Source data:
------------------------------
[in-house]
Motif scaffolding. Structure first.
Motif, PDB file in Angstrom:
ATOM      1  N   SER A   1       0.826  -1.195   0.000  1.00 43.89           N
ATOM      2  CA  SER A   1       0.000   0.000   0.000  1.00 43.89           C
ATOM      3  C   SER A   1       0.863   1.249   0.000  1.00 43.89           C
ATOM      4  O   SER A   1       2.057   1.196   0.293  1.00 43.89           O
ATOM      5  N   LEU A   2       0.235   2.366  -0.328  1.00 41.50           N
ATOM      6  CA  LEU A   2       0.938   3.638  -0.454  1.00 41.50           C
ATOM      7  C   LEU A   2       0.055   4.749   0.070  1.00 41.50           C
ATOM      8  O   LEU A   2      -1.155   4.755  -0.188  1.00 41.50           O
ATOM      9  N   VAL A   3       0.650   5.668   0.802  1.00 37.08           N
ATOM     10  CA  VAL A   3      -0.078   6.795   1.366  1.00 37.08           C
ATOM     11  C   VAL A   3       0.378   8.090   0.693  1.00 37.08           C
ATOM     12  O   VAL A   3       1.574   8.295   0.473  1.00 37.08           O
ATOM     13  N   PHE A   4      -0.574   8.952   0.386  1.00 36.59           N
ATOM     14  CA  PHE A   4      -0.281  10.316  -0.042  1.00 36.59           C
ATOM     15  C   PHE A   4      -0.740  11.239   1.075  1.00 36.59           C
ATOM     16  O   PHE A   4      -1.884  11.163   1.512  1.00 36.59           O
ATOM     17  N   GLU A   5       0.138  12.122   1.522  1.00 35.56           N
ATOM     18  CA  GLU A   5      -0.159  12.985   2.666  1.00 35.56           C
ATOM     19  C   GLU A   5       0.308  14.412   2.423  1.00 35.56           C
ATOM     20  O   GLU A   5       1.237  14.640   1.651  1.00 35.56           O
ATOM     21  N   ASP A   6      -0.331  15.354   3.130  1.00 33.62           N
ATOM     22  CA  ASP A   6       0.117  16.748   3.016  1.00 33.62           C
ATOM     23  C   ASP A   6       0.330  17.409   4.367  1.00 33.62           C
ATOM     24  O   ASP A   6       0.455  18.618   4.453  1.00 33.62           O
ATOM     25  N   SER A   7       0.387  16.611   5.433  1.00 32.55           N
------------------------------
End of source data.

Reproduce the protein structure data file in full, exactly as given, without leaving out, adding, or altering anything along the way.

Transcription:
[in-house]
Motif scaffolding. Structure first.
Motif, PDB file in Angstrom:
ATOM      1  N   SER A   1       0.826  -1.195   0.000  1.00 43.89           N
ATOM      2  CA  SER A   1       0.000   0.000   0.000  1.00 43.89           C
ATOM      3  C   SER A   1       0.863   1.249   0.000  1.00 43.89           C
ATOM      4  O   SER A   1       2.057   1.196   0.293  1.00 43.89           O
ATOM      5  N   LEU A   2       0.235   2.366  -0.328  1.00 41.50           N
ATOM      6  CA  LEU A   2       0.938   3.638  -0.454  1.00 41.50           C
ATOM      7  C   LEU A   2       0.055   4.749   0.070  1.00 41.50           C
ATOM      8  O   LEU A   2      -1.155   4.755  -0.188  1.00 41.50           O
ATOM      9  N   VAL A   3       0.650   5.668   0.802  1.00 37.08           N
ATOM     10  CA  VAL A   3      -0.078   6.795   1.366  1.00 37.08           C
ATOM     11  C   VAL A   3       0.378   8.090   0.693  1.00 37.08           C
ATOM     12  O   VAL A   3       1.574   8.295   0.473  1.00 37.08           O
ATOM     13  N   PHE A   4      -0.574   8.952   0.386  1.00 36.59           N
ATOM     14  CA  PHE A   4      -0.281  10.316  -0.042  1.00 36.59           C
ATOM     15  C   PHE A   4      -0.740  11.239   1.075  1.00 36.59           C
ATOM     16  O   PHE A   4      -1.884  11.163   1.512  1.00 36.59           O
ATOM     17  N   GLU A   5       0.138  12.122   1.522  1.00 35.56           N
ATOM     18  CA  GLU A   5      -0.159  12.985   2.666  1.00 35.56           C
ATOM     19  C   GLU A   5       0.308  14.412   2.423  1.00 35.56           C
ATOM     20  O   GLU A   5       1.237  14.640   1.651  1.00 35.56           O
ATOM     21  N   ASP A   6      -0.331  15.354   3.130  1.00 33.62           N
ATOM     22  CA  ASP A   6       0.117  16.748   3.016  1.00 33.62           C
ATOM     23  C   ASP A   6       0.330  17.409   4.367  1.00 33.62           C
ATOM     24  O   ASP A   6       0.455  18.618   4.453  1.00 33.62           O
ATOM     25  N   SER A   7       0.387  16.611   5.433  1.00 32.55           N